Early family environments and memory: the role of physiological and psychological responses to acute stress

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Montana State University - Bozeman, College of Letters & Science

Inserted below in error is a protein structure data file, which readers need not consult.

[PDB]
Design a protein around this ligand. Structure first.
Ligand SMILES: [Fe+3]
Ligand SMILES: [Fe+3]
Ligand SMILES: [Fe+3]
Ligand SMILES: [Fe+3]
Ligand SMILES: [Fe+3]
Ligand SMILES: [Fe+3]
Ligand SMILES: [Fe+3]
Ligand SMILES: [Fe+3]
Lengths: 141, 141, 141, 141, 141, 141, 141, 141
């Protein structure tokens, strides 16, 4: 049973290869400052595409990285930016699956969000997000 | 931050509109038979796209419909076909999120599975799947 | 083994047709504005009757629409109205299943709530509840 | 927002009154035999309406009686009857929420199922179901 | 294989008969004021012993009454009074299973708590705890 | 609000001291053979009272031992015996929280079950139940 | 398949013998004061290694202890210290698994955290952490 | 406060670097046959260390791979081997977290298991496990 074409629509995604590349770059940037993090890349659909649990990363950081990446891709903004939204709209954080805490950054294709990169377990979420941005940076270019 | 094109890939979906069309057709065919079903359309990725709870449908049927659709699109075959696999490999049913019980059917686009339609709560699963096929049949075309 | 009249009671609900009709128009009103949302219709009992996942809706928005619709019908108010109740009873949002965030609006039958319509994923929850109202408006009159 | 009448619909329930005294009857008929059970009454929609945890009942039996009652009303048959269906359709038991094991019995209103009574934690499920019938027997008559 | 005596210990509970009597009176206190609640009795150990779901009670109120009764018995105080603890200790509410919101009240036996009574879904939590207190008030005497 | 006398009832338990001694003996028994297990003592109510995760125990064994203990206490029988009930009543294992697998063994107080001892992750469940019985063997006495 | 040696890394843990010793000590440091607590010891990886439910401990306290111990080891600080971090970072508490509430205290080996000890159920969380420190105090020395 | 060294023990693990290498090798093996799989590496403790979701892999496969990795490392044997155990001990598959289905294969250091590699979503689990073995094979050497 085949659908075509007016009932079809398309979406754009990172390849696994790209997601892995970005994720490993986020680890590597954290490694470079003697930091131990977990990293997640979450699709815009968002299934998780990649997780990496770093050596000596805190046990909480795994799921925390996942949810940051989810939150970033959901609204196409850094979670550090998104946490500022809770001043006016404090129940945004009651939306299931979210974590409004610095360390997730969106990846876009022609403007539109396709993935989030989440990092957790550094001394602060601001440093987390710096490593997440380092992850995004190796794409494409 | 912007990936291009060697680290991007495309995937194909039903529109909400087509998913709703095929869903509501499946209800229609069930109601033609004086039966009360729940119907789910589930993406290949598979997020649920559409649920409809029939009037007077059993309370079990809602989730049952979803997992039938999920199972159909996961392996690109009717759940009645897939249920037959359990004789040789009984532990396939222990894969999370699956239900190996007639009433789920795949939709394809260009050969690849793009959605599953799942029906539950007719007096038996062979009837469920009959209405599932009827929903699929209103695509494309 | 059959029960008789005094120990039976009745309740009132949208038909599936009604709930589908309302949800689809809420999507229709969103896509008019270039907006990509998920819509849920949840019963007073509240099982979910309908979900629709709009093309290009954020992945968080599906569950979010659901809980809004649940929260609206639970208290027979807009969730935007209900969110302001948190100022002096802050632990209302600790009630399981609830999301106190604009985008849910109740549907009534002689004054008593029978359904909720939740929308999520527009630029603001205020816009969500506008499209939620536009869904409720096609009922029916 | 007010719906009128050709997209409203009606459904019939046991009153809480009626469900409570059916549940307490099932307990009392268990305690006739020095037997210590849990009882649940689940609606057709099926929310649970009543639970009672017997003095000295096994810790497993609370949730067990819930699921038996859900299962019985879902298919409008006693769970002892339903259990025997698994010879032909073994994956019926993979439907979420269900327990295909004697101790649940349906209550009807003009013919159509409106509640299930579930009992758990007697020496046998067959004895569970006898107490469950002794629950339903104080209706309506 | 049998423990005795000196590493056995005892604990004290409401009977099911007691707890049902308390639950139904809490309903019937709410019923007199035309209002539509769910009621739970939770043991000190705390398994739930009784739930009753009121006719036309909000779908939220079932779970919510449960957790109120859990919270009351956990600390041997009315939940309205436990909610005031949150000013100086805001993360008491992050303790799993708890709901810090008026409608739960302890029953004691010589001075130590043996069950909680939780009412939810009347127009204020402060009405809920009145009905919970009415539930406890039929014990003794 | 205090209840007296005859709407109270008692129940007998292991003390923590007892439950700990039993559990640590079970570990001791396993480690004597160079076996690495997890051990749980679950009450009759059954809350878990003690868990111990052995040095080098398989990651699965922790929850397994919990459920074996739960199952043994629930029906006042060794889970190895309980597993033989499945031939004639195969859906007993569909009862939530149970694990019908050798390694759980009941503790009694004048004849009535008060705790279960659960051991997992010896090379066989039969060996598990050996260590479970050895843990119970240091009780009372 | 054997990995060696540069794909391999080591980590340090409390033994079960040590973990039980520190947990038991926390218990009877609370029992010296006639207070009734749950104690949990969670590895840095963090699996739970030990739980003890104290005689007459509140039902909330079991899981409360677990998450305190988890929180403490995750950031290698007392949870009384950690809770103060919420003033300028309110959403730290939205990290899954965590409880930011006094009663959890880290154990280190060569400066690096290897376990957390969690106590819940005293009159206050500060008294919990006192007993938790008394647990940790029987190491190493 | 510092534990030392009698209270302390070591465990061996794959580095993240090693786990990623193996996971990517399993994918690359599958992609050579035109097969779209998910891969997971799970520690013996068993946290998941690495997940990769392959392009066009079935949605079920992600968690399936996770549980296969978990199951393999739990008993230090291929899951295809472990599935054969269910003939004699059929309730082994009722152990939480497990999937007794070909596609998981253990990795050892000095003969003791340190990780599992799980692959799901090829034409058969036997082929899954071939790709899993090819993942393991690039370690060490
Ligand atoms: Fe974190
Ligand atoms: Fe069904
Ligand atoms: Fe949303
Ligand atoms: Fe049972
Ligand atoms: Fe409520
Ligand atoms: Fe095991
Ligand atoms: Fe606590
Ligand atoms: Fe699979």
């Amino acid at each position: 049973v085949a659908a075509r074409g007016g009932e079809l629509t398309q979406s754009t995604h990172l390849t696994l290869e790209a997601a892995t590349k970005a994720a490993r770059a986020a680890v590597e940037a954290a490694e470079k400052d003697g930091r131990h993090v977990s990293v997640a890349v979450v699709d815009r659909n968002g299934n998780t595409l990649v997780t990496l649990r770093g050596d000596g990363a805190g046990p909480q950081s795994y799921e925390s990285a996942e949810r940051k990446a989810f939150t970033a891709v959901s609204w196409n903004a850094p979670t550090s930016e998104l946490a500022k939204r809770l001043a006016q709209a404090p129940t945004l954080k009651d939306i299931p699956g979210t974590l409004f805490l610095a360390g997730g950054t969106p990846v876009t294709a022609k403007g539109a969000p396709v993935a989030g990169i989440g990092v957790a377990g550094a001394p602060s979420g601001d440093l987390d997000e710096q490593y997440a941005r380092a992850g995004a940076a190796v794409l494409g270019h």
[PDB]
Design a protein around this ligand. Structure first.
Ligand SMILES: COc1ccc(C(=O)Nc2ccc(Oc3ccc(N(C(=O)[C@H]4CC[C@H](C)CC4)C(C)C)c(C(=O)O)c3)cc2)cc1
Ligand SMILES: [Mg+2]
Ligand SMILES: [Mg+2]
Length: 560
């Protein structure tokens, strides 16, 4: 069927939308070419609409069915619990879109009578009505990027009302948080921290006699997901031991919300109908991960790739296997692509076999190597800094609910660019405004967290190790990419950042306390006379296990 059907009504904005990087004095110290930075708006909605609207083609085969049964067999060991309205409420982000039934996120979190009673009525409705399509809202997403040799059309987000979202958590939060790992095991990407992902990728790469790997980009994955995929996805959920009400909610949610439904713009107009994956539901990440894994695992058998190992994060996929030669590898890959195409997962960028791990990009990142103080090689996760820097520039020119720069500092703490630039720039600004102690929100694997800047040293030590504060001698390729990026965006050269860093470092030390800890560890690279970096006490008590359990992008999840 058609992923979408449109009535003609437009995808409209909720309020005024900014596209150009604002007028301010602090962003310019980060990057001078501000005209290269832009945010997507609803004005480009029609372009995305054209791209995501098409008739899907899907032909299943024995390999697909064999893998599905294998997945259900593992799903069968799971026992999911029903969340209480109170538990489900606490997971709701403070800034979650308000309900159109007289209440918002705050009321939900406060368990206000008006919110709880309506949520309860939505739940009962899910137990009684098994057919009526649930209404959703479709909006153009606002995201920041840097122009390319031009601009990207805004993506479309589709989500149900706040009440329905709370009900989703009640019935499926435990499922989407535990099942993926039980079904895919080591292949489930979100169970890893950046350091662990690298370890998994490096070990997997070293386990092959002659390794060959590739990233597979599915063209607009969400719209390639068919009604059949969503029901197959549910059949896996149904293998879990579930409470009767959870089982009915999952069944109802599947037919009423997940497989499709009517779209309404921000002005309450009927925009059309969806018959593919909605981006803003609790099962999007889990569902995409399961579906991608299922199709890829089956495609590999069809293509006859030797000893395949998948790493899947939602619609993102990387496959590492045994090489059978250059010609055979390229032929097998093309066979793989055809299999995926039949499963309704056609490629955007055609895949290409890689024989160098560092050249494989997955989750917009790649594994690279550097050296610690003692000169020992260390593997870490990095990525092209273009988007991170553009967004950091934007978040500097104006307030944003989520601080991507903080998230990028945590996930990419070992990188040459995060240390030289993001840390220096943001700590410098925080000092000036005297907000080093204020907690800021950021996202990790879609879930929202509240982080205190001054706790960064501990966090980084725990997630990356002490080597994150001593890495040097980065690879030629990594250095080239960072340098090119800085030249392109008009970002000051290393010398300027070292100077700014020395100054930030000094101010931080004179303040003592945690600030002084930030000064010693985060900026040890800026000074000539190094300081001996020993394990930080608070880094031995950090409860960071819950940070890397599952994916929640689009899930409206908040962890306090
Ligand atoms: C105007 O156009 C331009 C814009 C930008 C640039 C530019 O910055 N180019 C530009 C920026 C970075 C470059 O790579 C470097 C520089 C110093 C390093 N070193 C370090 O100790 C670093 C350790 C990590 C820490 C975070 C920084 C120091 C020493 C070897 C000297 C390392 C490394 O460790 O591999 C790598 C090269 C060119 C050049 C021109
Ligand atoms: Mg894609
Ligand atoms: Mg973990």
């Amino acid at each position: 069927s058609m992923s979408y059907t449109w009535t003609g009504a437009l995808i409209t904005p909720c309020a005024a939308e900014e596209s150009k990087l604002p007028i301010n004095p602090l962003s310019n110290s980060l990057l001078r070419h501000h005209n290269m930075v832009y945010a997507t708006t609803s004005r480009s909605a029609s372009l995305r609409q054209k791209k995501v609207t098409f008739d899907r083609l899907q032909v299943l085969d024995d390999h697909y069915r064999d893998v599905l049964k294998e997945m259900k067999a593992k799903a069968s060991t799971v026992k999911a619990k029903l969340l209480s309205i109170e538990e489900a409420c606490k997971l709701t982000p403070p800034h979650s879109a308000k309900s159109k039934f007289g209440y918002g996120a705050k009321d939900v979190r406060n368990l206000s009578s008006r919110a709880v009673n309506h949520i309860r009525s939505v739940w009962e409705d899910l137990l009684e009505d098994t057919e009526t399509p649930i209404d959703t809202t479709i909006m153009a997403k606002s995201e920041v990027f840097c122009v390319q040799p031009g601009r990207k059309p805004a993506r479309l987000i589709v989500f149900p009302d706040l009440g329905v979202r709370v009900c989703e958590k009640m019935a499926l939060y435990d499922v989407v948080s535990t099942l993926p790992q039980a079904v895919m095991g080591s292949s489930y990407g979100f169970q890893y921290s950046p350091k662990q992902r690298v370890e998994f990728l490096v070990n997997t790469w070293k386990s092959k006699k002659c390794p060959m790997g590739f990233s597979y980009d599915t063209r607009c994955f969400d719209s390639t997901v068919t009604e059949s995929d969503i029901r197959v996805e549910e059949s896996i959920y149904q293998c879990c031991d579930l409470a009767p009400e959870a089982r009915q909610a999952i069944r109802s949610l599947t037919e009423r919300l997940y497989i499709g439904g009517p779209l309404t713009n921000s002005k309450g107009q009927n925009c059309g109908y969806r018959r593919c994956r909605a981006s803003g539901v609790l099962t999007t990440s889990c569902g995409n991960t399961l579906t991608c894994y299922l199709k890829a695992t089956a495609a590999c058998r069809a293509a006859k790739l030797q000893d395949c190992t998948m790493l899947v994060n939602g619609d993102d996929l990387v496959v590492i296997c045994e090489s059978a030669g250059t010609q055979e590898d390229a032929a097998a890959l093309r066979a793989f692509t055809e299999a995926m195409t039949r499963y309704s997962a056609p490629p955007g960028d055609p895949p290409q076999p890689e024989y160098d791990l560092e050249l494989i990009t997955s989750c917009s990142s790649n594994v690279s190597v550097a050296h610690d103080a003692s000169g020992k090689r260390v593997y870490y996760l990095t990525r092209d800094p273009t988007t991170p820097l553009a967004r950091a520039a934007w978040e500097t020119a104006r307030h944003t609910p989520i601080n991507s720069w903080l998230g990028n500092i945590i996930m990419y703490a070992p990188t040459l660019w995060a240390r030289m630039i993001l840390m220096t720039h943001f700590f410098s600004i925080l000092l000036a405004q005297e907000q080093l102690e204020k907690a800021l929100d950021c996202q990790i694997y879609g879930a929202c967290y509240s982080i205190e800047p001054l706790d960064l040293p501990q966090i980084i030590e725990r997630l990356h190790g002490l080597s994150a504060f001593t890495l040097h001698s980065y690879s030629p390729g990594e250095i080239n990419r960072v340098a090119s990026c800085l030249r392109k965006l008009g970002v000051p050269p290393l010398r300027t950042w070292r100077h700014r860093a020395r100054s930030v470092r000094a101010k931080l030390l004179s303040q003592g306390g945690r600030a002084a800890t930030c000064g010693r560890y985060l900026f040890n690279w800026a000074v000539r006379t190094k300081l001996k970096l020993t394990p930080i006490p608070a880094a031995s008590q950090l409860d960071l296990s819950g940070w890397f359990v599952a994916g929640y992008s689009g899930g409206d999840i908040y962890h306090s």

Childhood family environments have important implications for outcomes in adulthood. Specifically, the experience of adversity in childhood is related to numerous maladaptive outcomes later in life. It is currently unknown how early adversity affects memory consolidation and processing. Previous research has established an association with anxiety and depression possessing a negative memory bias. A negative memory bias is defined as attentional and perceptual favor towards information that is contextually negative or threatening. Research has not examined the relationship between negative memory bias and childhood adversity after the induction of stress. Stress has previously shown to be disruptive to memory outcomes. Further, a growing body of research has shown that early childhood adversity associates with blunted physiological responses to stress. It is possible that through the pathway of blunted reactivity, early childhood adversity associates with negative memory bias. To test these hypotheses, a sample of college students (N=64) studied a 50-word list that included 25 emotionally negative words and 25 emotionally neutral words. Participants then completed the Trier Social Stress Test, an evaluative stressor well known for inducing stress. After the stress task, participants were asked to freely recall words they previously studied. Results showed that higher ratings or risk and emotional abuse in childhood associated with increased negative word recall. The relationship was partially mediated through blunted heart rate reactivity to the stress task. Implications and future directions are discussed.




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